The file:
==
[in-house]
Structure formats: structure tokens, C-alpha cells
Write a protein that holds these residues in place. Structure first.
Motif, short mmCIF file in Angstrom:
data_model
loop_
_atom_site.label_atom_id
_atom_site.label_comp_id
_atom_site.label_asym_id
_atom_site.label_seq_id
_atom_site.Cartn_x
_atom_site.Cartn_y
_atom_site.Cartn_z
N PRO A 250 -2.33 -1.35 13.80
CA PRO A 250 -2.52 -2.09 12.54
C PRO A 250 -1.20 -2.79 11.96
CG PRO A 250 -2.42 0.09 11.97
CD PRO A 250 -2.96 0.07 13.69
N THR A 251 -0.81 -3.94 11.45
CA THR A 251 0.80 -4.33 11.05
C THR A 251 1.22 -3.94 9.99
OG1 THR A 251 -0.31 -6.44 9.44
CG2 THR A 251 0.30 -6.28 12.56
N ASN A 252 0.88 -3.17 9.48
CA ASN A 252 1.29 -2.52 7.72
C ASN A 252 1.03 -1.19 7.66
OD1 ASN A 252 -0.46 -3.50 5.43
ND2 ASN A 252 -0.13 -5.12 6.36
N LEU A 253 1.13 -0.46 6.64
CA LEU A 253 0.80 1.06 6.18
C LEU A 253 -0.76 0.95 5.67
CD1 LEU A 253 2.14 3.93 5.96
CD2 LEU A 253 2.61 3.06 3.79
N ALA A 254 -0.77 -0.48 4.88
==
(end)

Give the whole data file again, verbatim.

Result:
[in-house]
Structure formats: structure tokens, C-alpha cells
Write a protein that holds these residues in place. Structure first.
Motif, short mmCIF file in Angstrom:
data_model
loop_
_atom_site.label_atom_id
_atom_site.label_comp_id
_atom_site.label_asym_id
_atom_site.label_seq_id
_atom_site.Cartn_x
_atom_site.Cartn_y
_atom_site.Cartn_z
N PRO A 250 -2.33 -1.35 13.80
CA PRO A 250 -2.52 -2.09 12.54
C PRO A 250 -1.20 -2.79 11.96
CG PRO A 250 -2.42 0.09 11.97
CD PRO A 250 -2.96 0.07 13.69
N THR A 251 -0.81 -3.94 11.45
CA THR A 251 0.80 -4.33 11.05
C THR A 251 1.22 -3.94 9.99
OG1 THR A 251 -0.31 -6.44 9.44
CG2 THR A 251 0.30 -6.28 12.56
N ASN A 252 0.88 -3.17 9.48
CA ASN A 252 1.29 -2.52 7.72
C ASN A 252 1.03 -1.19 7.66
OD1 ASN A 252 -0.46 -3.50 5.43
ND2 ASN A 252 -0.13 -5.12 6.36
N LEU A 253 1.13 -0.46 6.64
CA LEU A 253 0.80 1.06 6.18
C LEU A 253 -0.76 0.95 5.67
CD1 LEU A 253 2.14 3.93 5.96
CD2 LEU A 253 2.61 3.06 3.79
N ALA A 254 -0.77 -0.48 4.88